Coding experts at reputable medical coding firms are well-versed in using numerous modifiers to ensure compliance with industry standards. Modifiers offer precision and accuracy for documenting the patient encounter and are simple two-character markers that indicate how the code for the operation or service should be used for the claim. Some modifiers enhance or decrease reimbursement, whereas others provide information. If utilized incorrectly, they can result in denials, payer monitoring and audits, reimbursements, and penalties. It has been discovered that physicians are perplexed by certain modifiers, particularly those involving reimbursement.
MODIFIER 57: Decision for surgery
By attaching modifier 57 to the correct level of E/M service, you can identify an evaluation and management service that led to the original decision to do the surgery. Modifier 57 attached to a procedure code implies that documentation in the patient’s medical record exists to demonstrate that the E/M service led in the original decision to undertake the surgery and that these records will be made accessible for inspection upon demand in a timely way.
- Append exclusively on E/M visits involving procedures with a 90-day global postoperative term.
- The worldwide package for 90-day postoperative period procedures comprises the day before surgery and 90 days after surgery.
- Use if the decision to have surgery is made on the day or the day before the surgery.
- To evaluate the need for major surgery, use for first consultation or assessment of the condition by a surgeon.
- Minor procedures should not be added to E/M appointments (000 or 10-day postoperative period).
- Do not add services linked to surgery from other physicians unless the surgeon and the other physician agree on care transitions.
- Do not add E/M services unrelated to the condition for which the surgical operation is performed.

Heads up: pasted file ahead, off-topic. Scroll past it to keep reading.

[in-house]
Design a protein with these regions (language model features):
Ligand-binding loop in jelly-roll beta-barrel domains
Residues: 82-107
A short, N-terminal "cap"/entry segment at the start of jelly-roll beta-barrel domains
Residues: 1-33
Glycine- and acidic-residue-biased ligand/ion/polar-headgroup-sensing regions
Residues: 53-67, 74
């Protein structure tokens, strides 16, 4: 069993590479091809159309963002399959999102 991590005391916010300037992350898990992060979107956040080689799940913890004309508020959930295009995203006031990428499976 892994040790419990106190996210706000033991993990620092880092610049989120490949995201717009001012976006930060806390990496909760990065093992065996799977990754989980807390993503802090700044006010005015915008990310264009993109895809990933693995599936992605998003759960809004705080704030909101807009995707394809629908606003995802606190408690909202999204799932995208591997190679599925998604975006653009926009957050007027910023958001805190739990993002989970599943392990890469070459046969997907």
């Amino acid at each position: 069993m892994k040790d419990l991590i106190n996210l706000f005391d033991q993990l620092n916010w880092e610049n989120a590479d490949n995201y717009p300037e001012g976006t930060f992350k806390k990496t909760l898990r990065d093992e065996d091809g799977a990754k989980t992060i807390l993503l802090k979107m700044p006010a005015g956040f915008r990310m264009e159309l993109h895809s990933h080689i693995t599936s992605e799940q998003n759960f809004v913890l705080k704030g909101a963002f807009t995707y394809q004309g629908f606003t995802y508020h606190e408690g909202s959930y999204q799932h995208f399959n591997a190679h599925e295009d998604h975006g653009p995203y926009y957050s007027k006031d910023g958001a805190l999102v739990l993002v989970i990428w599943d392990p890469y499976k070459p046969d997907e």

Minor and major surgical procedures
A major surgical procedure has a worldwide term of 090 days. Suppose an E&M is done on the same service date as a major medical operation to determine whether to undertake this surgical procedure. In that case, the E&M service must be reported separately with modifier 57. Other preoperative E&M services provided on the same day as a major surgical procedure are included in the procedure’s total payment and are not individually reportable.
Minor surgical surgery is characterized as having a worldwide period of 000 or 010 days. E&M services provided on the same day as the minor surgical operation are included in the treatment charge. The choice to execute a minor surgical procedure is included in the payment and should not be presented separately as an E&M service. The notion that the patient is “new” to the provider is not enough to justify recording an E&M service the same day as a minor surgical operation.
These guidelines do not apply to procedures having a global surgery indicator of ‘XXX.’ Many of these ‘XXX’ tasks are performed by physicians. They have fundamental pre-, intra-, and post-procedure work normally undertaken each time the process is conducted. This activity should never be generally separated as an E&M code. Other ‘XXX’ operations are not often performed by physicians and do not have physician task relative value units connected with them. A physician should never submit a separate E&M code to monitor others executing the processor for the evaluation of the process with these procedures.
Take note of the following:
- A preliminary evaluation before a major surgical treatment is usually reimbursable.
- Modifier 57 should be added to any E/M service performed on the day of or before a significant surgical procedure where the E/M service resulted in the determination to perform surgery. That tells the payer that the physician deemed the procedure appropriate and medically essential.
- Modifier 57 should only add to the E/M procedure code.
- Modifier 57 can be added to an initial hospital visit on the day of immediate surgery. For example, suppose a surgeon sees a patient, notes the contact properly, and advises a laparoscopic appendectomy (CPT 44970, 90-day global term) later that day.
- Most clinicians prefer to use skilled medical coding services to avoid code and modifier misunderstanding. With CMS increasing attention on modifier use, such assistance is critical to assisting clinicians in avoiding misconceptions and appropriately filing medical billing claims.
Familiarizing yourself with modifiers, such as 57, that apply to your provider ensure that the modifier is utilized correctly and receive the compensation you deserve. Billing executive has an expert coding team that applies correct modifiers to avoid denials. To learn more about our medical billing services, email us at firstname.lastname@example.org
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